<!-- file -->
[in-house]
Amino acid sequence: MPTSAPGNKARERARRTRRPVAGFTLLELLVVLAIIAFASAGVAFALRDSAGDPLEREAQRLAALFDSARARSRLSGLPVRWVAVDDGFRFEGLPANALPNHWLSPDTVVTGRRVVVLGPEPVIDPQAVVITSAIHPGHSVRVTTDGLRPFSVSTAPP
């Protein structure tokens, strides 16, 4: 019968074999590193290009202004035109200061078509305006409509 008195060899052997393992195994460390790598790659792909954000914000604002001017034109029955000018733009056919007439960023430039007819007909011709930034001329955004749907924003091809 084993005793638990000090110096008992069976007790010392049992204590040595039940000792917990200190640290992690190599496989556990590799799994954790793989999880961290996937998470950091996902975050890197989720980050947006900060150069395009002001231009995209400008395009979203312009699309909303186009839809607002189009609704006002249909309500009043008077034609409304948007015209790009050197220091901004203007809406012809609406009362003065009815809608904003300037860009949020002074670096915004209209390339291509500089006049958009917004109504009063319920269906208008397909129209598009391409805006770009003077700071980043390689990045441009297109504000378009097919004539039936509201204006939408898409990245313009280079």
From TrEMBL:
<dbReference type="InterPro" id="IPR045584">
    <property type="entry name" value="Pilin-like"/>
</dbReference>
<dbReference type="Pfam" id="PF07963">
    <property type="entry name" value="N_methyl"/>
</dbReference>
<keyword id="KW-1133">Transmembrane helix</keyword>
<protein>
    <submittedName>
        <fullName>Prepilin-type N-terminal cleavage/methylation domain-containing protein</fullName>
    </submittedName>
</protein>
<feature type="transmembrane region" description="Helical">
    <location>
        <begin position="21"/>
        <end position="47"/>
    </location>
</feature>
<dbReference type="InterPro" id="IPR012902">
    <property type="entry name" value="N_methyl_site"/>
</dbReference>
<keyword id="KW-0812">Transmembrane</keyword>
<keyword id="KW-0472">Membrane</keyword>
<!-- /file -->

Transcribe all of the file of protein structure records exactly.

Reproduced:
[in-house]
Amino acid sequence: MPTSAPGNKARERARRTRRPVAGFTLLELLVVLAIIAFASAGVAFALRDSAGDPLEREAQRLAALFDSARARSRLSGLPVRWVAVDDGFRFEGLPANALPNHWLSPDTVVTGRRVVVLGPEPVIDPQAVVITSAIHPGHSVRVTTDGLRPFSVSTAPP
């Protein structure tokens, strides 16, 4: 019968074999590193290009202004035109200061078509305006409509 008195060899052997393992195994460390790598790659792909954000914000604002001017034109029955000018733009056919007439960023430039007819007909011709930034001329955004749907924003091809 084993005793638990000090110096008992069976007790010392049992204590040595039940000792917990200190640290992690190599496989556990590799799994954790793989999880961290996937998470950091996902975050890197989720980050947006900060150069395009002001231009995209400008395009979203312009699309909303186009839809607002189009609704006002249909309500009043008077034609409304948007015209790009050197220091901004203007809406012809609406009362003065009815809608904003300037860009949020002074670096915004209209390339291509500089006049958009917004109504009063319920269906208008397909129209598009391409805006770009003077700071980043390689990045441009297109504000378009097919004539039936509201204006939408898409990245313009280079």
From TrEMBL:
<dbReference type="InterPro" id="IPR045584">
    <property type="entry name" value="Pilin-like"/>
</dbReference>
<dbReference type="Pfam" id="PF07963">
    <property type="entry name" value="N_methyl"/>
</dbReference>
<keyword id="KW-1133">Transmembrane helix</keyword>
<protein>
    <submittedName>
        <fullName>Prepilin-type N-terminal cleavage/methylation domain-containing protein</fullName>
    </submittedName>
</protein>
<feature type="transmembrane region" description="Helical">
    <location>
        <begin position="21"/>
        <end position="47"/>
    </location>
</feature>
<dbReference type="InterPro" id="IPR012902">
    <property type="entry name" value="N_methyl_site"/>
</dbReference>
<keyword id="KW-0812">Transmembrane</keyword>
<keyword id="KW-0472">Membrane</keyword>